university of calgary

Five Things We Learned from the Damning Report on the University of Calgary’s Connections with Enbridge

University of Calgary Enbridge

Senior administrators at the University of Calgary suppressed academic freedom and failed to address glaring conflicts of interest while attempting to establish an Enbridge-funded research centre, according to a report commissioned by the Canadian Association of University Teachers (CAUT) that was released Wednesday.

The report — co-authored by Alison Hearn of the University of Western Ontario and Gus Van Harten of York University — is the result of almost two years of investigation, and starkly contradicts the findings of the university’s own internal review of the situation.

The Canadian Association of University Teachers is a nationwide federation of associations representing 70,000 post-secondary workers.

Academic staff and professors involved at the centre reached out to senior administrators and said ‘we’re concerned about Enbridge’s influence over the centre, we don’t think we should be a PR firm for Enbridge,’” said David Robinson, executive director of CAUT, in an interview with DeSmog Canada.

Fracking Fluid Caused Months-Long Earthquake Events In Alberta: New Study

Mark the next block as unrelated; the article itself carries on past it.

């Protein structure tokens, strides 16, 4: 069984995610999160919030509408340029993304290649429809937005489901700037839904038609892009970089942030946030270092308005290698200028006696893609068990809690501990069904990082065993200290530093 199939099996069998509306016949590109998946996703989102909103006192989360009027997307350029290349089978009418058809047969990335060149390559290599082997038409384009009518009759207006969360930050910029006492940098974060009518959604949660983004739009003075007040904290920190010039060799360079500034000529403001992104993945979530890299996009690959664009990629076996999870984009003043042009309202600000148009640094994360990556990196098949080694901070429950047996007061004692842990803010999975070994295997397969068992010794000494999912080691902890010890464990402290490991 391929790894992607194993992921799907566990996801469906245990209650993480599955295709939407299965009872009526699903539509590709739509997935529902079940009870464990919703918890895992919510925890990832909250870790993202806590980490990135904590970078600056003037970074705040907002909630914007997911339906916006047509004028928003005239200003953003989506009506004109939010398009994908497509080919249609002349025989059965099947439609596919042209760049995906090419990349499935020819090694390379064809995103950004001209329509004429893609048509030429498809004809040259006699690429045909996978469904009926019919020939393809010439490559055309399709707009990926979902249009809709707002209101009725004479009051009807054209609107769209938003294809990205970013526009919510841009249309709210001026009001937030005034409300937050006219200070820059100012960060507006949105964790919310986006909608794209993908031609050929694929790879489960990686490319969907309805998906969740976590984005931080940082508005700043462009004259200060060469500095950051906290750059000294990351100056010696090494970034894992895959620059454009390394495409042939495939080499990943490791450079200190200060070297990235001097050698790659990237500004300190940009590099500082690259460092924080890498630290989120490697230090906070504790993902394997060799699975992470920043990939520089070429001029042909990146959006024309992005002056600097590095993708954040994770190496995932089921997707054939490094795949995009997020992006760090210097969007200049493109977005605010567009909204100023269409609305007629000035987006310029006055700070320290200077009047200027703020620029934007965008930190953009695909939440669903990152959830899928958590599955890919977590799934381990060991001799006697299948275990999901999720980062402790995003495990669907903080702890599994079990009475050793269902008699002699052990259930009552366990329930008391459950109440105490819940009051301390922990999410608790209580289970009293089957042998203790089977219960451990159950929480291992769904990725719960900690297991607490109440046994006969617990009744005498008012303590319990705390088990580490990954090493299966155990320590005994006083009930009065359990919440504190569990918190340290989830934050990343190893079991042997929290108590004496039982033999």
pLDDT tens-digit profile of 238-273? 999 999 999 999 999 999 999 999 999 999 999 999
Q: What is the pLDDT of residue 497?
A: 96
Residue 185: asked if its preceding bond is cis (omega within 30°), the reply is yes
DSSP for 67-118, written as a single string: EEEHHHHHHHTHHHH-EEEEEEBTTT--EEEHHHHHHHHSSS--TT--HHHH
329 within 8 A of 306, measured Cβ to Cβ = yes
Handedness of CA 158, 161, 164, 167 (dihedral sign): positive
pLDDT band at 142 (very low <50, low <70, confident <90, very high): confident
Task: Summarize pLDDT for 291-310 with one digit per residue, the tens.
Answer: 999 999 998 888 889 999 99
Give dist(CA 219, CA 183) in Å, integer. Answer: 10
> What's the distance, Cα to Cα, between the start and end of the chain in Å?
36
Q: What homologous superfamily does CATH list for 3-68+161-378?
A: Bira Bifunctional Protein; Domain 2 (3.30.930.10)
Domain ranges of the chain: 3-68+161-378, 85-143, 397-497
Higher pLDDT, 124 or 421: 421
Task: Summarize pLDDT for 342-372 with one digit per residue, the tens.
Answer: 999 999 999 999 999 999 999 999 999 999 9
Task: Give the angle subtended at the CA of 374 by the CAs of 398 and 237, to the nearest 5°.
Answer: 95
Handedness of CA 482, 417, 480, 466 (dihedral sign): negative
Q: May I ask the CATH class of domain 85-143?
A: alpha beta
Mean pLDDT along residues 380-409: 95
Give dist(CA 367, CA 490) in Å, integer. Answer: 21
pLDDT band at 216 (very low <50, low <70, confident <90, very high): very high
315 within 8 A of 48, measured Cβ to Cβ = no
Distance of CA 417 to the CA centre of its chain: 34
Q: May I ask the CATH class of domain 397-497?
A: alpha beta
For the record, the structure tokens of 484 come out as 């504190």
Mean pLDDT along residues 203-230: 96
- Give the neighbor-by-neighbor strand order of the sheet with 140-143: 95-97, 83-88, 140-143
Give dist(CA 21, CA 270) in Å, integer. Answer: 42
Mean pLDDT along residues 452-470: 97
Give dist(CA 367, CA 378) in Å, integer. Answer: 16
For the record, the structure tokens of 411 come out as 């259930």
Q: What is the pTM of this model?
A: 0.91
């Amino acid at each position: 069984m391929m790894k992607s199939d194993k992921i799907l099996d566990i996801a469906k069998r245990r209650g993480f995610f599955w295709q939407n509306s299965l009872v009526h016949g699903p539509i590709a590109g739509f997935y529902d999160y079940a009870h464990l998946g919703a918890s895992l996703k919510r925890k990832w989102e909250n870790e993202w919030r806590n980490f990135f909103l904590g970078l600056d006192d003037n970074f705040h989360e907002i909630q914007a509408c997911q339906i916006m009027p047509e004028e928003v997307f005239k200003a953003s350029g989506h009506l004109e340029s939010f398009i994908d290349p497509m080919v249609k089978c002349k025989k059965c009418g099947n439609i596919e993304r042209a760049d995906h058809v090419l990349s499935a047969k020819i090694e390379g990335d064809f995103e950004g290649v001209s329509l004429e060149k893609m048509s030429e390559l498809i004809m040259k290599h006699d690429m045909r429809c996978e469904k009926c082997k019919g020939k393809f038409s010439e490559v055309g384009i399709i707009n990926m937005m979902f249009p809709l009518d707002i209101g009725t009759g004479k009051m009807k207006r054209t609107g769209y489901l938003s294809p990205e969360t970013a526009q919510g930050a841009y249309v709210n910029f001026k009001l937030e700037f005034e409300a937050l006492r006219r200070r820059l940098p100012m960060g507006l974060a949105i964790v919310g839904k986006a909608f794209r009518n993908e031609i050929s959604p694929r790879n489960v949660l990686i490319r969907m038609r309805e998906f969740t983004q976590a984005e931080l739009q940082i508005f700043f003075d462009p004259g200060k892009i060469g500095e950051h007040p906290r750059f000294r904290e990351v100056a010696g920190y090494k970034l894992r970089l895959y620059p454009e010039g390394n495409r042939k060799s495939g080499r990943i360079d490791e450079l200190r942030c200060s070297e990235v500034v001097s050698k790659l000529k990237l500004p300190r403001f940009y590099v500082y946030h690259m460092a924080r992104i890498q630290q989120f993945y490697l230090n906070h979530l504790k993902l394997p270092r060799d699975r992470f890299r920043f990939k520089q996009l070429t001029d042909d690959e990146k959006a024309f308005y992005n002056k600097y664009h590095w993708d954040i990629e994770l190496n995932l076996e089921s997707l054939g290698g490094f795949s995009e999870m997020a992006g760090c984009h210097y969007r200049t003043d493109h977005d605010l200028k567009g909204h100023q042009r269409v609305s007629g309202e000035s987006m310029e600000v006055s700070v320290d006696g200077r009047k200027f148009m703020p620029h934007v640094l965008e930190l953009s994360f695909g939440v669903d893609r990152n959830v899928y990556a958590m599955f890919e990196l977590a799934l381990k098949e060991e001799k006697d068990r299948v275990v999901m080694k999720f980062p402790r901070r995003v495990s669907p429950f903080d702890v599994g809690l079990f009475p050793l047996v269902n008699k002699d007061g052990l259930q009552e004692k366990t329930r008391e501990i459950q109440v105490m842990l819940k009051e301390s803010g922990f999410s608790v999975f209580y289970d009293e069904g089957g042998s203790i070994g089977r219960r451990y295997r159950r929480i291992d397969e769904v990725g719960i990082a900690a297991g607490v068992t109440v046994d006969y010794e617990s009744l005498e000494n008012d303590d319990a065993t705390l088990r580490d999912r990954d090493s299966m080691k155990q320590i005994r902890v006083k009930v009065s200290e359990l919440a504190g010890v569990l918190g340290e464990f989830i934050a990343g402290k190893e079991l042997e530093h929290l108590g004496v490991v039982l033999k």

Fracking

Fracking has induced earthquakes in northwest Alberta, Tweet: Proof is in the pudding: #fracking causing huge, long-lasting earthquakes in NW Alberta http://bit.ly/2g6F0rn #ableg #cdnpoli #oilandgassome of which have lasted for months due to residual fracking fluid, according to a new study published in Science today.

Earthquakes induced by fracking have been noticed in Western Canada for about four years, but this is one of the first studies to specifically identify the causes that resulted in “activation.”

Can Canada Save Its Fish Habitat Before It’s Too Late?

Salmon

Thirteen years ago, Canada’s Department of Fisheries and Oceans (DFO) issued almost 700 authorizations to projects that would negatively impact fish habitat, mostly in the resource extraction sector: forestry, mining, oil and gas.

By last fiscal year, that number had dropped to 74.

One would think that’s a positive sign. Perhaps the DFO approved far fewer projects, echoing its ambitious 1986 commitment to “no net loss” of fish habitat?

That wasn’t the case.

Thanks to a number of changes — mostly via the “Environmental Process Modernization Plan” of the mid-2000s and the Conservative Party’s industry-led gutting of the Fisheries Act in 2012 — most projects are now “self-assessed” by proponents.

Over the same span, the DFO’s budget was repeatedly slashed, increasingly undermining the department’s ability to monitor and enforce contraventions with “boots on the ground.”

Harm is happening at the same levels that it always has been,” says Martin Olszynski, assistant professor in law at University of Calgary who specializes in environmental, water and natural resources law. “It’s just that fewer and fewer proponents are coming to DFO and asking for authorization. That’s the reality on the ground.”

Can Alberta’s Oilsands Monitoring Agency Be Saved?

Oilsands air pollution

“Transparent,” “credible, “world-class” — those are just a few of the words that have been deployed to detail the aspirations of the one-year-old organization tasked with monitoring the air, water, land and wildlife in Alberta.